I was mid-coil, bent over the cylinder, with my nose buried in the scent of wet clay. Honestly, the essence of muddy water emanating from the humid core of the vessel was intoxicating. It might sound melodramatic, but that makes it no less true. I kept putting my nose back over the top so I could smell the wet clay again.
It seems to me our community is full of stories about the alluring first touch of clay, yet somehow the other senses get short shrift. The smell of wet clay immediately took me back to playing in the mud on the banks of the lake where I was raised. That smell is youth and home and long afternoons with my sister covered in lake mud from head to toe. I can’t say I put two and two together in my first official ceramic class, but the connection crashes into me in mid-life nostalgia.
It is two-fold.
First, I want to focus our attention on the ability clay has to captivate our imaginations through all of our senses, turning every ceramist and ceramic lover into a synesthete. Second, I am laying groundwork to acknowledge how soundly Renee Brown taps into the same level of excitement, awakening our imaginations by indulging our visual sense.
This Friday, “Profusion”, Brown’s first solo museum show opened at the Missoula Art Museum. The installation was inspired by a trip to the Houston Museum of Natural Science. It was there where Brown had something of a sublime experience, walking anonymously in the shadows, mesmerized by the exhibition of mineral specimens. “It was beautiful and womb-like. Everything was painted deep red, EVERYTHING. The only lights were pinspots on the specimens. You walked into this space and you disappeared as the viewer.”
She has recreated this experience for her viewers. A bit of targeted sensory deprivation through a unifying, cave-like backdrop allows the field of vision to be flooded with Brown’s fantastical eye candy.
She makes annual pilgrimages to Tucson to immerse herself in the Gem And Mineral Show that overtakes the city. It is the largest display of its kind in the nation and the second largest in the world. “I’ve stopped taking pictures, because it’s overwhelming.”
She spends up to five days observing and absorbing, trusting that the accumulated data will come out of her subconscious back in the studio. And it certainly seems to. The jewel of “Profusion” is an eight-foot wall composition, the largest work Brown has undertaken. It is an explosion of invented growth. Radiating lichenite, a mineral of Brown’s own imagining, is edged in gold and infused with turquoise and violet hues. Thick, geometric plates in pale yellow interrupt the circular lichenite fans asymmetrically; while botryoidal forms, rendered in glass, bubble forward luring the viewer in to gaze at the treasures just beneath the surface.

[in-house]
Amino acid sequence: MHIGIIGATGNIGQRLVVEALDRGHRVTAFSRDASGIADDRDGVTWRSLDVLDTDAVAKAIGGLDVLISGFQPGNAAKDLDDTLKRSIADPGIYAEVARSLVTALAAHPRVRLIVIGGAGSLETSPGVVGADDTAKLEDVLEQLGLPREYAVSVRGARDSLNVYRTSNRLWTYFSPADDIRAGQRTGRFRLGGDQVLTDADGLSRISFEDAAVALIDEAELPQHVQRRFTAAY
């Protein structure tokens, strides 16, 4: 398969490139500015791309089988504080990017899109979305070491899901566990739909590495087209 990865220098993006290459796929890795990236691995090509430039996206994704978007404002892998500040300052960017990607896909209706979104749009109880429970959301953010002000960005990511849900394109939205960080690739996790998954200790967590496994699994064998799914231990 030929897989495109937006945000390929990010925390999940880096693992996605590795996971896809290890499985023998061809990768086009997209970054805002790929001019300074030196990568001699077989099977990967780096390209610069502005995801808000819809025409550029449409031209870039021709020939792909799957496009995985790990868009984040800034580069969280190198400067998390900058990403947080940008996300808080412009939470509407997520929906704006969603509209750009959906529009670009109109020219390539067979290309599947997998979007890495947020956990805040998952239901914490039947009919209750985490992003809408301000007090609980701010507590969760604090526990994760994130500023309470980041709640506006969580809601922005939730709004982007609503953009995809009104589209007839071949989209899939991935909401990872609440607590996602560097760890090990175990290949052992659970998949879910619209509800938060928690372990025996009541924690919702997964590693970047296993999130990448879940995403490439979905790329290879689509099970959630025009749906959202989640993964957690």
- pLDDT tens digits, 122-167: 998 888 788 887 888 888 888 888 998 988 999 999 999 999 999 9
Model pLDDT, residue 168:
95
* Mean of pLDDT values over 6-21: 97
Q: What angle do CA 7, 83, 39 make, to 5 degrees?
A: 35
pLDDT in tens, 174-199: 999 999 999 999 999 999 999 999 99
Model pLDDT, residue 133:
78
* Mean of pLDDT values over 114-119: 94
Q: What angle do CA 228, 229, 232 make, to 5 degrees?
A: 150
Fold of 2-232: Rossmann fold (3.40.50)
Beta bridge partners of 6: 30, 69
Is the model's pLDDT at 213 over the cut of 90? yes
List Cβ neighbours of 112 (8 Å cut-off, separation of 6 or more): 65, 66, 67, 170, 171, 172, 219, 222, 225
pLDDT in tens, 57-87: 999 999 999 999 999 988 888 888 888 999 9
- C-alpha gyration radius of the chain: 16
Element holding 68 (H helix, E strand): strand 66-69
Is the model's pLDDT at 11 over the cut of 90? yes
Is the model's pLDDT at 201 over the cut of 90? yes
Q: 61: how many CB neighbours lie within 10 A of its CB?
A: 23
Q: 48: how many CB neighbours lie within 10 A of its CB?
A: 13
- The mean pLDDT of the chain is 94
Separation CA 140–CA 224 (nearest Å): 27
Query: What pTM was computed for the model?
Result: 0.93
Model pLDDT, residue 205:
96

Somehow, unlike other ceramic sculpture inspired by the natural world, Brown’s interpretations of nature are so over-the-top, so SUPER NORMAL, they tend to awaken the five-year-old geologist in us all. Perhaps this is because the minerals inspiring her creations are the minerals employed to make the very material she is working with? But a visceral response to this symmetry can’t be all it is. Viewers, regardless of their backgrounds are lured in with their eyes like crows to a ruby. The visual impulse is so strong they NEED to touch the work. (The museum docents will have their work cut out for them.) Perhaps the attraction is so strong because Brown employs whatever material she needs to achieve the imitative effect she is after. Crushed glass, encaustic, wood, acrylic—all materials are fair game, so long as they serve the work. Perhaps, on the whole, the audience is not used to seeing this section of nature, the mineral world, in this magnitude. It takes effort to unearth these colors, textures, and shapes from the ground and Brown has unleashed an amplified version, putting the viewer on unsteady footing.
This is the moment she cherishes, when a viewer can’t quite process what is real and what is fantasy.
“In that moment, that look-it’s-something-shiny-childhood-moment, everything has stopped for them.”
The exhibition will be up until June 20, 2015, so if you are in the region this summer visit the Missoula Art Museum website for their hours and put it on your schedule. Otherwise, you can keep up to date with the work of Renee Brown by visiting her website: reneebrownceramics.com. To read more about the exhibition check out “Renee Brown’s ‘Profusion’ of Ceramics” published in the Missoulian and “Science Glam” in the Missoula Independent.